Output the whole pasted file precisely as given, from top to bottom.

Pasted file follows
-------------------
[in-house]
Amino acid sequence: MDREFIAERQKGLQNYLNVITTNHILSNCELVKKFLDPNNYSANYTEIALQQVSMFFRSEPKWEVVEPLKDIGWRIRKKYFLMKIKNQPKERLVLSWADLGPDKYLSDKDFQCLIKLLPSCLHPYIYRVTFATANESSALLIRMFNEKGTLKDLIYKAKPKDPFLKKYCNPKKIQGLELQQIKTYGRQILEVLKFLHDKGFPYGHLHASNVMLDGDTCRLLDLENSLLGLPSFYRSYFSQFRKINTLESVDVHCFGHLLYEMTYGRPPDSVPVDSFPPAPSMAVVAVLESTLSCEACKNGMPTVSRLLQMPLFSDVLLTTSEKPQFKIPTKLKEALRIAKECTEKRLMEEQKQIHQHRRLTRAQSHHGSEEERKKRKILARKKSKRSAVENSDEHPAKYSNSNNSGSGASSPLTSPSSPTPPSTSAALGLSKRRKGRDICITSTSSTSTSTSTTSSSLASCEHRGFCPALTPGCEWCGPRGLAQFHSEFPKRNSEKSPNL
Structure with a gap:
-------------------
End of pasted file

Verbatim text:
[in-house]
Amino acid sequence: MDREFIAERQKGLQNYLNVITTNHILSNCELVKKFLDPNNYSANYTEIALQQVSMFFRSEPKWEVVEPLKDIGWRIRKKYFLMKIKNQPKERLVLSWADLGPDKYLSDKDFQCLIKLLPSCLHPYIYRVTFATANESSALLIRMFNEKGTLKDLIYKAKPKDPFLKKYCNPKKIQGLELQQIKTYGRQILEVLKFLHDKGFPYGHLHASNVMLDGDTCRLLDLENSLLGLPSFYRSYFSQFRKINTLESVDVHCFGHLLYEMTYGRPPDSVPVDSFPPAPSMAVVAVLESTLSCEACKNGMPTVSRLLQMPLFSDVLLTTSEKPQFKIPTKLKEALRIAKECTEKRLMEEQKQIHQHRRLTRAQSHHGSEEERKKRKILARKKSKRSAVENSDEHPAKYSNSNNSGSGASSPLTSPSSPTPPSTSAALGLSKRRKGRDICITSTSSTSTSTSTTSSSLASCEHRGFCPALTPGCEWCGPRGLAQFHSEFPKRNSEKSPNL
Structure with a gap: